One-time Muslim rebels, soldiers and refugees united in celebration Sunday as Filipino boxing hero Manny Pacquiao defeated American Timothy Bradley to reclaim the World Boxing Organization welterweight crown in a unanimous decision.
Sok Biruar, a Moro Islamic Liberation Front sub-commander, joined with soldiers from the army’s 6th Infantry Division in the Philippines’ Muslim south to watch Pacquiao avenge his 2012 loss in a unanimous 12-round decision. All around the country, life came to a halt as the fight was broadcast live from Las Vegas, Nevada, in gymnasiums, malls, restaurants, public parks, malls, and main squares.
“This proves that we [the soldiers] and the MILF are already united. That the war is over and we’re sick and tired of conflict,” Biruar said, adding that they’ve enjoyed a good relationship with the army since the signing of a March 27 agreement, which grants Muslim areas greater political autonomy in exchange for an end to armed rebellion.
Pacquiao – or the Pacman, as his legions of fans like to call him – is without doubt the most famous citizen in the Philippines. He grew up in a slum without shoes, and had sold donuts, flowers and fish on the street until an IBF Super Bantamweight title fight in 2001 propelled him to the big time.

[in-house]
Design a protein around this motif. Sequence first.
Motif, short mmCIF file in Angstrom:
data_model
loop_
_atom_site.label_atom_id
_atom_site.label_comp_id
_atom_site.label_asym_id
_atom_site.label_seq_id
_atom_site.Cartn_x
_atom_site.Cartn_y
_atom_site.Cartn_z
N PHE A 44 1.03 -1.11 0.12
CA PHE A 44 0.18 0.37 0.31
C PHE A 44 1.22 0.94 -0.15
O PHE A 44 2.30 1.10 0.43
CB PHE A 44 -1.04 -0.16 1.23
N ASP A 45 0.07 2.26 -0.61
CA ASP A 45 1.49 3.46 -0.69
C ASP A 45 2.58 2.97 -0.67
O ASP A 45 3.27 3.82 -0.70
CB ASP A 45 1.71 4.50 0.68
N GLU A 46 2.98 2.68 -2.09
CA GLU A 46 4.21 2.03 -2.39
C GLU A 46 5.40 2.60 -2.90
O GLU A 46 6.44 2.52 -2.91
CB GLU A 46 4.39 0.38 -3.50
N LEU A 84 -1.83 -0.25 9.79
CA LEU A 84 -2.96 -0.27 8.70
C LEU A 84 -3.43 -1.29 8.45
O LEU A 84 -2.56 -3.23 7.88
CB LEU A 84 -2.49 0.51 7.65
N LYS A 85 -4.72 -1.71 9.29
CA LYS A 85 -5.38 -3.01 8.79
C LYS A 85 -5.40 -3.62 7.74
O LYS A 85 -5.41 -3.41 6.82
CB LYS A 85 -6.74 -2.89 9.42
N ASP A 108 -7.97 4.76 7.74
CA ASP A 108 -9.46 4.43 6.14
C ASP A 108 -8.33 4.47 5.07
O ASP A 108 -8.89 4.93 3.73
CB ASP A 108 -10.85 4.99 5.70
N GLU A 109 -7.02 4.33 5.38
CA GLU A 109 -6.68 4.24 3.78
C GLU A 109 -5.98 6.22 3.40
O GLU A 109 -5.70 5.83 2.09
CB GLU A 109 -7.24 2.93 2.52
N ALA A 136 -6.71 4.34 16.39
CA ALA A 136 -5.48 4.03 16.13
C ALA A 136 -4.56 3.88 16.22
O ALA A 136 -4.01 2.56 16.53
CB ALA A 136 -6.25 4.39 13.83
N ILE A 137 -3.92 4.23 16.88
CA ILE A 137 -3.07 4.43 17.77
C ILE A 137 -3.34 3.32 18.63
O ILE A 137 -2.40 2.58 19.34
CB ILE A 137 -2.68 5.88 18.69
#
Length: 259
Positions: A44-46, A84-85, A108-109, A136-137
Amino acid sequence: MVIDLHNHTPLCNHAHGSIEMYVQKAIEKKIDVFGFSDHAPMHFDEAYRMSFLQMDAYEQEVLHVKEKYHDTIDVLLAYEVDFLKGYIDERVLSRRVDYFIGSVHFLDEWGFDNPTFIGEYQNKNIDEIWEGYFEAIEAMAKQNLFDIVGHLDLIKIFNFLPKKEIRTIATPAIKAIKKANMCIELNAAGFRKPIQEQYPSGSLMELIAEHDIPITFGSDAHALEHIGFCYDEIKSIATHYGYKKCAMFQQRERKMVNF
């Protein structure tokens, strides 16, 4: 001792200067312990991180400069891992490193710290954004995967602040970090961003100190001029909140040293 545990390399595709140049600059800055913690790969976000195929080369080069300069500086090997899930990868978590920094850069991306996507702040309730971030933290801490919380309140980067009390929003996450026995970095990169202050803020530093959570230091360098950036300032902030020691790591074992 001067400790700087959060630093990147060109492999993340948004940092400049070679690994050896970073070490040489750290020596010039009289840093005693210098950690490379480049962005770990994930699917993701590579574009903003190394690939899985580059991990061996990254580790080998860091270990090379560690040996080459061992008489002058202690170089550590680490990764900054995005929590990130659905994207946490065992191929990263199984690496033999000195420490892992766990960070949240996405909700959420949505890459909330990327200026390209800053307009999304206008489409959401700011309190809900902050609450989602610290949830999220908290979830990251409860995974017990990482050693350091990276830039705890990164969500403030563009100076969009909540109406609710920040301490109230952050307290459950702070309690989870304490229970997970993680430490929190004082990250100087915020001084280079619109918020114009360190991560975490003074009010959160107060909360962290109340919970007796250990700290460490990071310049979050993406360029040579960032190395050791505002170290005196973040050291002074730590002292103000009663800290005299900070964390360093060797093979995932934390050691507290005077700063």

Since then he has won 56 fights – ten of them world titles at four different weight classes – drawn five and lost two, earning close to $US700 million in career TV revenue in the process. He became a Congressman and dabbled in singing, politics, acting and cockfighting, before losing his title to Bradley in a split-decision in 2012. Most ringside observers were astonished, judging Pacquiao to have won the fight.
In Zamboanga City, refugees displaced when rival Muslim faction the Moro National Liberation Front (MNLF) laid siege to the city in September to try and derail the peace talks were also jubilant Sunday, breaking into thunderous applause and chanting “Manny! Mannny!” as Pacquiao’s victory was broadcast on giant screens set up among the tents and temporary housing.
More than 100,000 people forced to flee their homes in the ensuing three weeks of fierce fighting are still housed in the city’s Joaquin F. Enriquez Memorial sports complex. Some 200 people were killed in the siege, including soldiers, rebels and civilians.
“We’re so very, very happy… for this moment we are able to forget our problems,” said Kadaf, 26, whose family’s bunkhouse in Barangay Rio Hondo was destroyed during the 23-day standoff between the government forces and the MNLF.
“At least our idol has now proven to the whole world that he is still the king of boxing,” he added.
President Benigno Aquino’s spokesman Herminio Coloma said in a statement Sunday that the nation is united in cheering on Congressman Pacquiao.
“He is the symbol of the excellence of the Filipino in all endeavors,” Coloma added. “Pacquiao’s latest victory is symbolic of the way Filipinos can recover from the worst disasters,” refering to the siege in Zamboanga, Typhoon Yolanda and the Bohol earthquake that struck the country last year, killing thousands.
Pacquiao’s mantra for Sunday’s fight was “my journey will continue.”
He has said he is 80 percent sure he will run for senate in the Philippines in 2016 when his term as a congressman expires.